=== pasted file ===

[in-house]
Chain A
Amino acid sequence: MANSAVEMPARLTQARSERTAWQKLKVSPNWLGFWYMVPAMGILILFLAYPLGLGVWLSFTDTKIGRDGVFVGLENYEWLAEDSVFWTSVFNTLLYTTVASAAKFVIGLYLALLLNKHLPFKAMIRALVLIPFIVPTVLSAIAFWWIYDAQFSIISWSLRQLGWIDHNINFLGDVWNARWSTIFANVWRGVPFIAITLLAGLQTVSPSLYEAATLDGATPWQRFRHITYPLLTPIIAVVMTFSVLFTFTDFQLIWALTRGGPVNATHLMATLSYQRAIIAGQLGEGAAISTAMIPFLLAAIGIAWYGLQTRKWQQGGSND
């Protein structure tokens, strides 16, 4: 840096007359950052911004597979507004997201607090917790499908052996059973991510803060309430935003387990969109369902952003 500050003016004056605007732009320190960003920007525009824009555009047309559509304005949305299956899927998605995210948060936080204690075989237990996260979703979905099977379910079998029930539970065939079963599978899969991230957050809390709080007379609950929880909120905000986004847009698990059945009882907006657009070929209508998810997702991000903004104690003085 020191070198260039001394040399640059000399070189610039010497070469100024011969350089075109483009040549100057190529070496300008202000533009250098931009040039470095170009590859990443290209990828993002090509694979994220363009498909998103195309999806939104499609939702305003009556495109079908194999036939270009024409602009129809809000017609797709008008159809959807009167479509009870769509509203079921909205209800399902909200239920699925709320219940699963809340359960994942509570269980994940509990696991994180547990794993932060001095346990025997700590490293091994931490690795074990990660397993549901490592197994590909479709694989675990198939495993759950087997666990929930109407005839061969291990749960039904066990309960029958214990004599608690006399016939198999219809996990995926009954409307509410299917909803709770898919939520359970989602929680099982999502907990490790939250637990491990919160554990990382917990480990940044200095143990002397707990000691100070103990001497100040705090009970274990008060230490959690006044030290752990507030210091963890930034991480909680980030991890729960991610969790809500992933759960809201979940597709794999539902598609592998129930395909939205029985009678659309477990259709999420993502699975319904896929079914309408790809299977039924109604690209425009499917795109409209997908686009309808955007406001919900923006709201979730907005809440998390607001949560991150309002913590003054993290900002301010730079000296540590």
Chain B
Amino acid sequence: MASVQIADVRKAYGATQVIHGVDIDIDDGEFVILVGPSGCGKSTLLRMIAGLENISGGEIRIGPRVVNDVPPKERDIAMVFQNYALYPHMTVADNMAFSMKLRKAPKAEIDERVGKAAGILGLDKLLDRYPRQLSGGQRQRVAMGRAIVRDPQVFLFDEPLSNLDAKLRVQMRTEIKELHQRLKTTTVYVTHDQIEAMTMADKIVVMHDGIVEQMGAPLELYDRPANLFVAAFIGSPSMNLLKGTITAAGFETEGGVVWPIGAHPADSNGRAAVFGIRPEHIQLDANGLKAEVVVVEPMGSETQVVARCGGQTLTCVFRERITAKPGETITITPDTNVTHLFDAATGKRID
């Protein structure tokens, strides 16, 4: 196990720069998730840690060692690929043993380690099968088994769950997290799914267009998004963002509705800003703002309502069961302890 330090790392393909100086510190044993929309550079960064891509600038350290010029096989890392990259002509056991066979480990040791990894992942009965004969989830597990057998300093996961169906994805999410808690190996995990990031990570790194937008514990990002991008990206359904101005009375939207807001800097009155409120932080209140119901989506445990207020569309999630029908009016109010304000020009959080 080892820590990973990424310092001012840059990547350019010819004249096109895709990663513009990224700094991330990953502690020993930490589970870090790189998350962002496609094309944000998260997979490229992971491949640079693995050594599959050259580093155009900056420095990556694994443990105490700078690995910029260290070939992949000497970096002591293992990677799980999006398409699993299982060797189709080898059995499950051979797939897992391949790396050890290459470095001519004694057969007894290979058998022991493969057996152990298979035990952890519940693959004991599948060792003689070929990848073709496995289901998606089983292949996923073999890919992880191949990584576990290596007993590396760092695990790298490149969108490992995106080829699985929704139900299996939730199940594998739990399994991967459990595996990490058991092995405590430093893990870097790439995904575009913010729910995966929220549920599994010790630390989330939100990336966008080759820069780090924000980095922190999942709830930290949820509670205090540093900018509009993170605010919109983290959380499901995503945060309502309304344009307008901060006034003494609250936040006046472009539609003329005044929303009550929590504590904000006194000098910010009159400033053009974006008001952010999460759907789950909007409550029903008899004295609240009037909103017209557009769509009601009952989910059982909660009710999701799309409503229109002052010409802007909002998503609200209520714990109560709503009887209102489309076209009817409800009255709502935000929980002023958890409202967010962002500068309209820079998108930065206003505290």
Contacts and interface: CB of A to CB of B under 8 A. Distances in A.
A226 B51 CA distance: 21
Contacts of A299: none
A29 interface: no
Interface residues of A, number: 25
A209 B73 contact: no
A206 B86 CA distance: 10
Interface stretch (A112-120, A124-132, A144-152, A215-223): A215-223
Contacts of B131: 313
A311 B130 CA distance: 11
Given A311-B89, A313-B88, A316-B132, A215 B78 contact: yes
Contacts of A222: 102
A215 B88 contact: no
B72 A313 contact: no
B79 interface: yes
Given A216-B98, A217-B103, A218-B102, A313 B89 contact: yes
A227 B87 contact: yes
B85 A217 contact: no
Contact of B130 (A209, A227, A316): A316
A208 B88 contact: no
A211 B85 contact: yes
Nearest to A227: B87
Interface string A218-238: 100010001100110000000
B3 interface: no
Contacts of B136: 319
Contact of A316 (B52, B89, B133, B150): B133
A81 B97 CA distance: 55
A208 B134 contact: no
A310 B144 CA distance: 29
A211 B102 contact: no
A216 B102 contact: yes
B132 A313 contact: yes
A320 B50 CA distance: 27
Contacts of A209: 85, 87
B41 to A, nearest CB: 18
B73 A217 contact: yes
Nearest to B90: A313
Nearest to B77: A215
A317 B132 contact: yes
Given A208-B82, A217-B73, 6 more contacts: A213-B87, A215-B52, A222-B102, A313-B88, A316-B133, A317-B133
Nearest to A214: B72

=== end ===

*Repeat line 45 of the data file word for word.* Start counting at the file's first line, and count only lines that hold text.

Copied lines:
Nearest to B77: A215